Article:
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In the Age of Sail, victory frequently correlated with rates of fire, and it was not a good sign for the Americans when Serapis's second broadside ripped the air well ahead of their own second volley. Early in the exchange, several of Jones's old 18-pounders blew up, killing or wounding many in the gun crews. Pearson, with the faster and more maneuverable vessel, raked Bonhomme Richard's stern several times with devastating broadsides. Knowing that he could not win a standoff gun duel, Jones put his ship across Serapis's quarter and attempted to board her. The American boarding party was thrown back, however, and Jones bore away. Pearson attempted to cross Bonhomme Richard's bow to rake her stem-to-stern. He turned too soon, and Bonhomme Richard's bowsprit caught in the rigging on Serapis's starboard quarter. Clearly having the upper hand, Pearson shouted, "Has your ship struck?"-a logical question from a captain whose ship was demonstrating sailing superiority and a faster rate of fire. No captain in Jones's position could have been condemned for deciding to avoid additional bloodshed. John Paul Jones's response, however, sprang from his iron determination and commitment to a cause. He shouted, "I have not yet begun to fight." (Some biographers claim that Jones's immortal words were spoken later in the battle; others claim that he never used those exact words. The prepon<lerance of evidence indicates that it was at this juncture in the battle that Jones shouted his now-famous defiance, and, when all is said and done, it was the idea, not the exact words, that has inspired generations of US Navy sailors.) The battle roared on as darkness fell upon the two ships. Jones backed his topsails, and the entangled ships ripped apart; Pearson turned by wearing ship. Now on a parallel, reciprocal course with his adversary, Pearson backed his topsails, presumably to fall astern of Bonhomme Richard and rake her stern. Jones countered, turning to starboard, and the ships made contact for a third time, with Serapis's bowsprit entangled in Bonhomme Richard's starqoard quarter. Unable to clear his ship, 10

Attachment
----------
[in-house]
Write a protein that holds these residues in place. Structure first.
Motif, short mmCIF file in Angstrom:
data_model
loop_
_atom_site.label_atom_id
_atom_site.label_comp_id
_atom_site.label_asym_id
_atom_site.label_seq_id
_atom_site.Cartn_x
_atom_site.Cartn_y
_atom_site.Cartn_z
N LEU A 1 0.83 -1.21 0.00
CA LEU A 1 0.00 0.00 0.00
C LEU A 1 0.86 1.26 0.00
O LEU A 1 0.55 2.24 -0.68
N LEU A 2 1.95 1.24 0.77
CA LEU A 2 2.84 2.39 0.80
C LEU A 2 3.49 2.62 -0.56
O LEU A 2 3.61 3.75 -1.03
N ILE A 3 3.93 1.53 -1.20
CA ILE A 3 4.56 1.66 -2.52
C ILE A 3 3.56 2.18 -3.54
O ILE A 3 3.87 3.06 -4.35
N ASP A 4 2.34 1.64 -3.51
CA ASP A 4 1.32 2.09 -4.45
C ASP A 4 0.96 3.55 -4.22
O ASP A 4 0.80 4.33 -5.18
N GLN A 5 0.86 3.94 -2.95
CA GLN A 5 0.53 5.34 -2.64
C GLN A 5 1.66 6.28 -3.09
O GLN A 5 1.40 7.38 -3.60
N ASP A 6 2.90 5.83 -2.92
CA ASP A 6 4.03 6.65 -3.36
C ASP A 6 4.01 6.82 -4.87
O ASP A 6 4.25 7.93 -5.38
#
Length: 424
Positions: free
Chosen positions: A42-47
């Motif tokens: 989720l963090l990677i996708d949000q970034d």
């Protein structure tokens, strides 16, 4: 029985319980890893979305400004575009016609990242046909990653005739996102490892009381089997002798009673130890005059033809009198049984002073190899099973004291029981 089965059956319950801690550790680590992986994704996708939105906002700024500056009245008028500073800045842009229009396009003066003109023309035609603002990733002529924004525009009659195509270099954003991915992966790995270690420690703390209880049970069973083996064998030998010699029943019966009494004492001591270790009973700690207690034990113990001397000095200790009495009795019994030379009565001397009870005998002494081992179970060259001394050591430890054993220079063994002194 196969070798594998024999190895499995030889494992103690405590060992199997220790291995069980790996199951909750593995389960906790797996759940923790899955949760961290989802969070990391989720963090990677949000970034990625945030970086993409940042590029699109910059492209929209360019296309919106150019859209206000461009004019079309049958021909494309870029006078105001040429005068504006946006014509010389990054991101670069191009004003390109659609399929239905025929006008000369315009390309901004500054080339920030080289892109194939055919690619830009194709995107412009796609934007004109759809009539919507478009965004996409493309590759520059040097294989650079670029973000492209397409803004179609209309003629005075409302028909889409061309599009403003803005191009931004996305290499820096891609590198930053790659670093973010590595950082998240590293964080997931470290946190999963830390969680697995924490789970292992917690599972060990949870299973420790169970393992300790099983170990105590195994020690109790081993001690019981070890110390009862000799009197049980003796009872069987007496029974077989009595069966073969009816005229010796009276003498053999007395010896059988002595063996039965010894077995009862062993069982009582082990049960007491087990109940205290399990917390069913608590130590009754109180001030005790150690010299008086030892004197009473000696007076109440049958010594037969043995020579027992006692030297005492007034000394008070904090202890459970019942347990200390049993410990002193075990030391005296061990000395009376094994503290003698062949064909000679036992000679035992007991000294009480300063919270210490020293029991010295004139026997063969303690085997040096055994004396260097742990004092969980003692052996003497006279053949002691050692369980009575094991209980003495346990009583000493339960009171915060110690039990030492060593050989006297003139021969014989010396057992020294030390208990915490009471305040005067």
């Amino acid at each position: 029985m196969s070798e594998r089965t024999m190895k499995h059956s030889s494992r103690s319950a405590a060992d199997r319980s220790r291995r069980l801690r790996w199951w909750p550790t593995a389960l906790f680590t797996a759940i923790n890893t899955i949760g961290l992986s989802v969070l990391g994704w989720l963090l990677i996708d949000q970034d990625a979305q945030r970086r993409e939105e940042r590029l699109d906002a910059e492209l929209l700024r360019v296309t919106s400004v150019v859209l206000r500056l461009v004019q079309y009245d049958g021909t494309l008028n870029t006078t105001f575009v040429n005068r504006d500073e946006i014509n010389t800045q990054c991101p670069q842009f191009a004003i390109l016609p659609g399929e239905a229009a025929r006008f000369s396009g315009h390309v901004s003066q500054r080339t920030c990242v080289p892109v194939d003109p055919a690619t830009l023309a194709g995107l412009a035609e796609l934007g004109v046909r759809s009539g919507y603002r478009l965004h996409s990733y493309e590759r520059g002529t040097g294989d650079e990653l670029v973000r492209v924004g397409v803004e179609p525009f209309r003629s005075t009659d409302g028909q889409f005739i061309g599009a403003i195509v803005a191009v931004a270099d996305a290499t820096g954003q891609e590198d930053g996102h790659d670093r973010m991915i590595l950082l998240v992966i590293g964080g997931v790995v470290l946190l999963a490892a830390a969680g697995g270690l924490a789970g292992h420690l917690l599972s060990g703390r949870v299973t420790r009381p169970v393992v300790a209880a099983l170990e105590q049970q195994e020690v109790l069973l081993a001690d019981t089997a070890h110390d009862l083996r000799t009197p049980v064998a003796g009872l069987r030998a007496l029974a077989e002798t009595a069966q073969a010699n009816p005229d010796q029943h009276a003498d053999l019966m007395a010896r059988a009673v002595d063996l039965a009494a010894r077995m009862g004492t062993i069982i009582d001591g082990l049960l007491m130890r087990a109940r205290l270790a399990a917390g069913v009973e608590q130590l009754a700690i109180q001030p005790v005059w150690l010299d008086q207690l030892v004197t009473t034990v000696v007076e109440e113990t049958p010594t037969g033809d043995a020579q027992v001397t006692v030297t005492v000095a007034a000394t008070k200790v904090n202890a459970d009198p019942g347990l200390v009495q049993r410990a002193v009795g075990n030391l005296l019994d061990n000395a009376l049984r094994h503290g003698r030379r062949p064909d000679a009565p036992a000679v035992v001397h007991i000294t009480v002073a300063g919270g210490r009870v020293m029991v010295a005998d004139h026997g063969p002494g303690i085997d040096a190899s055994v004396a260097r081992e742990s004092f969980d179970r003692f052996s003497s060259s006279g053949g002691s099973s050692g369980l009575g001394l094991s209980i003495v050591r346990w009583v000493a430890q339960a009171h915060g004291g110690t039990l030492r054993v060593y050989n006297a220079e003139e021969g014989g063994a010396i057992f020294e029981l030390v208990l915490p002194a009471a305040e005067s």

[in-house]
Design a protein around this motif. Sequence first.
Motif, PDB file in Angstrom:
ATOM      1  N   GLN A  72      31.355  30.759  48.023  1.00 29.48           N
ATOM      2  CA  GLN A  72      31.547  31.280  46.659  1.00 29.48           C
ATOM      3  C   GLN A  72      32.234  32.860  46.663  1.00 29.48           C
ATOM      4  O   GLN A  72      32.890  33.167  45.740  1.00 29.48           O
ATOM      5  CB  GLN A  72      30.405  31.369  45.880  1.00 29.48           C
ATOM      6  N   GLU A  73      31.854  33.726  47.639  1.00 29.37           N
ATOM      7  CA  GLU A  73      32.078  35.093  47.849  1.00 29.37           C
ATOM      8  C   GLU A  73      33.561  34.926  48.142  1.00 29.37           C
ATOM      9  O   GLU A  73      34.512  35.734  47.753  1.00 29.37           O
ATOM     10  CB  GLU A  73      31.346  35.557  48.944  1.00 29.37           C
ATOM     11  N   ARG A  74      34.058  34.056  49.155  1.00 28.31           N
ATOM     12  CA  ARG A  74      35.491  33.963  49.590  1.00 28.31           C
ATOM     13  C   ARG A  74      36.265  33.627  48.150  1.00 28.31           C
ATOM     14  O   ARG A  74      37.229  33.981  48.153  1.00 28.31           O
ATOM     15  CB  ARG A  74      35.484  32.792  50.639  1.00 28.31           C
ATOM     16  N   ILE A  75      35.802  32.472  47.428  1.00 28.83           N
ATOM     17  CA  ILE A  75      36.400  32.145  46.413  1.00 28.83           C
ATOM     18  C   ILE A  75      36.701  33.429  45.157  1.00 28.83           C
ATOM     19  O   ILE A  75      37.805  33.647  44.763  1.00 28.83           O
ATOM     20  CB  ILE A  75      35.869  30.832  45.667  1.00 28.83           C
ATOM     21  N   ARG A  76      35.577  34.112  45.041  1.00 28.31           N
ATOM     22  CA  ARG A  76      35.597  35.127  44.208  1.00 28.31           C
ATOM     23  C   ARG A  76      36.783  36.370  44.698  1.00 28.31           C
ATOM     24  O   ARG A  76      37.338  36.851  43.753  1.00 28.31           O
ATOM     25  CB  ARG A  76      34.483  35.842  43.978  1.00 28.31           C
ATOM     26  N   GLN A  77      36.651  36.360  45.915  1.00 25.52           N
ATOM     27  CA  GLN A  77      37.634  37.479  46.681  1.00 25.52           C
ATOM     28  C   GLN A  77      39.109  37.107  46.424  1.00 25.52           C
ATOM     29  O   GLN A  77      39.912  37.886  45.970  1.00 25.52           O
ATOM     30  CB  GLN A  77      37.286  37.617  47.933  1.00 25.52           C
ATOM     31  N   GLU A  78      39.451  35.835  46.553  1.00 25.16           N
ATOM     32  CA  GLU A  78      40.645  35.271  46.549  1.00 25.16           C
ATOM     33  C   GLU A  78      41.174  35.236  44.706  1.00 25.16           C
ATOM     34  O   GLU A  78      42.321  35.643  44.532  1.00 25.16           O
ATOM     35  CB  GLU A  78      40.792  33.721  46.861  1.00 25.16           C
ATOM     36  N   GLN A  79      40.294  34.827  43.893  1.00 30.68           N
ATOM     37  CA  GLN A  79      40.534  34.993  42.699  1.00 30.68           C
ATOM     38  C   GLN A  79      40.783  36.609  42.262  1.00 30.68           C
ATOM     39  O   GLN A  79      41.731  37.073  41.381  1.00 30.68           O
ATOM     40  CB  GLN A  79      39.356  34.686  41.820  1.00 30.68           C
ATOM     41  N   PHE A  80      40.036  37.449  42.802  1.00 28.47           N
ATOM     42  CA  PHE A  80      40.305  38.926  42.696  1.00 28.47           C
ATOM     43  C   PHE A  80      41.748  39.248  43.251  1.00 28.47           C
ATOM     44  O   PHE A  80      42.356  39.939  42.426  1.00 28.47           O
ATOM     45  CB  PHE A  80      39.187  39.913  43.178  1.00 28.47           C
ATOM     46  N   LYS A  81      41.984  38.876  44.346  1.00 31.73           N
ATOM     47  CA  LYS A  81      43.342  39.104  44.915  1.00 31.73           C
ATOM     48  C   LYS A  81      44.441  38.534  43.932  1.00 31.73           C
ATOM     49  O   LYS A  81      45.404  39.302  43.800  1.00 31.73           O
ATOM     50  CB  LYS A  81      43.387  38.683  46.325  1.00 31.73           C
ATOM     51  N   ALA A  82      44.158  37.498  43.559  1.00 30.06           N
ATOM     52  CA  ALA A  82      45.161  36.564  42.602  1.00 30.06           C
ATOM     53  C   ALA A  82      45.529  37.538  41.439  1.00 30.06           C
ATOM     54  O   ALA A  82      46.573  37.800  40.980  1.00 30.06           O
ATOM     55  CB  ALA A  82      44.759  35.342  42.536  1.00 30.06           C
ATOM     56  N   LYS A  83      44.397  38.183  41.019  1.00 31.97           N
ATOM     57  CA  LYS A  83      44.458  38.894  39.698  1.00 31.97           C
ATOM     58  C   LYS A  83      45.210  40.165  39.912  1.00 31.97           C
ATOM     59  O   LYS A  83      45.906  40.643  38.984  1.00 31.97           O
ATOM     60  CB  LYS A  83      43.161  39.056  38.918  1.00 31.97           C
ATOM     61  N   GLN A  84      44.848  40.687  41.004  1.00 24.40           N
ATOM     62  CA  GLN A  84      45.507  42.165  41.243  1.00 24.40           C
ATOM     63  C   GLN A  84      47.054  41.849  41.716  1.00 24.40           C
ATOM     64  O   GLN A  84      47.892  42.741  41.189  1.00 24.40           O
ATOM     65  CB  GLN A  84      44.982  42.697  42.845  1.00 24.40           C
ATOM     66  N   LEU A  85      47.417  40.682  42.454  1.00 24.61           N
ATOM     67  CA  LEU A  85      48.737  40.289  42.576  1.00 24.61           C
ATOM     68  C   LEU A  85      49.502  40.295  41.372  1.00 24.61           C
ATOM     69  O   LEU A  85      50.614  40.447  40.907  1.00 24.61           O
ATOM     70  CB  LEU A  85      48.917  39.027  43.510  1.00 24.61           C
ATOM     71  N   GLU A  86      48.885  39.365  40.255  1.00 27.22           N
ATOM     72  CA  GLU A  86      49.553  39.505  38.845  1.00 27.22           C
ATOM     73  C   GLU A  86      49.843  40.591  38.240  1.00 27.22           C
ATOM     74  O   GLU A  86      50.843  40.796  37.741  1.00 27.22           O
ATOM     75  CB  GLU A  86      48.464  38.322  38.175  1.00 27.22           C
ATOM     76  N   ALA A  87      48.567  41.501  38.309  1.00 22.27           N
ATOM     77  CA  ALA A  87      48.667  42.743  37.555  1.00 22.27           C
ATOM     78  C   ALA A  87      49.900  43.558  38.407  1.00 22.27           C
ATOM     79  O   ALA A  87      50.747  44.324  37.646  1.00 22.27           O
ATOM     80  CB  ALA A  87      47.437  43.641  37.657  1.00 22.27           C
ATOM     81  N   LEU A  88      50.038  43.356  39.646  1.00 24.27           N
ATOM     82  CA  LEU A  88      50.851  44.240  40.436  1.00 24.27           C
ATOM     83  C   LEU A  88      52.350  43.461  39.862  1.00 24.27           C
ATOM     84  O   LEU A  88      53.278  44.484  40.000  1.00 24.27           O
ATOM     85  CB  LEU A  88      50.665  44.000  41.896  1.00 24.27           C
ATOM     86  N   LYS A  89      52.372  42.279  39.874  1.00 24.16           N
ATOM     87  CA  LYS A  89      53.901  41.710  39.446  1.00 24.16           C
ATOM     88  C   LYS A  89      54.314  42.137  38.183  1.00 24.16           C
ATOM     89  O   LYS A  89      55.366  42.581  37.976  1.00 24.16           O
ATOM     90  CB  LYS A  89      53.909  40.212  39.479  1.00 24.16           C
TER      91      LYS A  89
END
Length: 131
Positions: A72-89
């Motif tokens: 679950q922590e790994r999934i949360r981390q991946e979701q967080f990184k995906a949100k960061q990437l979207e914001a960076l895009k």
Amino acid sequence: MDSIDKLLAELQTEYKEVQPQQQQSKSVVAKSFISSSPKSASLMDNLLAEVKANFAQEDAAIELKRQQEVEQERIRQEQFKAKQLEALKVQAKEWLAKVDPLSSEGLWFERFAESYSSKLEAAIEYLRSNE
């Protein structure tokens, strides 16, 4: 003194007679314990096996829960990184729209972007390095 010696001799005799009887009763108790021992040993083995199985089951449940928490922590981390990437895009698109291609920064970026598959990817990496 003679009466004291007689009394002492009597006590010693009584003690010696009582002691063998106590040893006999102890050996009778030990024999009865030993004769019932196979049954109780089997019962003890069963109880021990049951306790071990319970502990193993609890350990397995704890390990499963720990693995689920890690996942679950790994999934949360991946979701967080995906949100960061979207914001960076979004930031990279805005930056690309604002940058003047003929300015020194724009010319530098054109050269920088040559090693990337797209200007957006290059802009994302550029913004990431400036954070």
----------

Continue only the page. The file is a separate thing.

Pearson's advantages of speed and agility were negated. Bonhomme Richard pivoted, so the ships lay bow-to-stern, starboardto-starboard. Captain Jones worked to secure the two ships together with dozens of grappling irons from Bonhomme Richard. He even had his crew grab a forestay from Serapis that had parted and fallen across the American ship's deck and secured it around his own mizzenmast. Sharpshooters and seamen in Bonhomme Richard's

to board, but here the Americans' superior numbers drove the British boarding party back. By tl1en, water was steadily rising in Bonhomme Richard, and her master-at-arms released the British prisoners captured in previous actions to man the pumps. They could have bolted and potentially tipped the balance of tl1e battle against the Americans, but the British sailors set about saving the ship and themselves. THE END APPROACHES

As the tide of battle was turning, a seaman from Bonhomme Richard dropped a grenade through a main-deck hatch of Serapis

John Paul Jones by Charles Willson Peale, from life, c. 1781-1784, Oil on canvas. tops swept the enemy ship's exposed decks with deadly fire. Pearson let go his anchor; the complexion of the battle was rapidly changing. Just past 8PM, the battle had been raging for slightly less than an hour. Bonhomme Richard had been blasted repeatedly by her enemy's rapid cannon fire. After the ships were grappled together, Serapis's crew took heavy casualties from the highly-accurate musket fire and grape shot from the American's tops and high poop deck. Both ships were on fire-the British ship burning mostly on and above her main deck and the American ship burning both above and below her main deck. Now it was Pearson's rum to attempt

and onto the gun deck below. The explosion ignited large amounts of gunpowder that had been brought up from the magazine to supply the ship's main batteries. A series of secondary explosions neutralized Serapis's gun deck, silencing her main armament. With most of his guns silenced, rigging wrecked, and main deck swept by enemy fire, at about 11: l 5PM, Captain Pearson made the decision to surrender and stop the carnage. Nonetheless, he had successfully carried out his main mission-the British convoy had made it to the safety of Scarborough Harbor and lay at anchor. More than 150 from the American crew of 322 lay dead or wounded, and more than 130 from the British crew of 284 were casualties. Later, Jones reported to Benjamin Franklin in Paris, "Humanity cannot but recoil from the prospect of such finished horror, and !amen t that war should produce such fatal consequences." 2 In the final analysis, John Paul Jones's victory proved mostly a matter of doctrine, the overarching mind-set that has the ability to transcend tactics. Like most good combat doctrines, it could be summed up in a single phrase, "I have not yet begun to fight." Jones was fighting for the cause of liberty, a factor that ultimately outweighed fear and his drive for personal glory. Thus, his victory at the Barde off Flamborough Head fit with something that would be written by Napoleon Bonaparte more than twenty years later, "In war, moral considerations account for three-quarters, the balance of actual force; only for the other quarter."

SEA HISTORY 115 , SUMMER 2006

Sea History 115 - Summer 2006  

8 Battle Off Flamborough Head: A Pivotal Victory for American Independence, by Joseph F. Callo • 12 Black Hands, BlUe Seas: Paul Cuffe and...

Sea History 115 - Summer 2006  

8 Battle Off Flamborough Head: A Pivotal Victory for American Independence, by Joseph F. Callo • 12 Black Hands, BlUe Seas: Paul Cuffe and...

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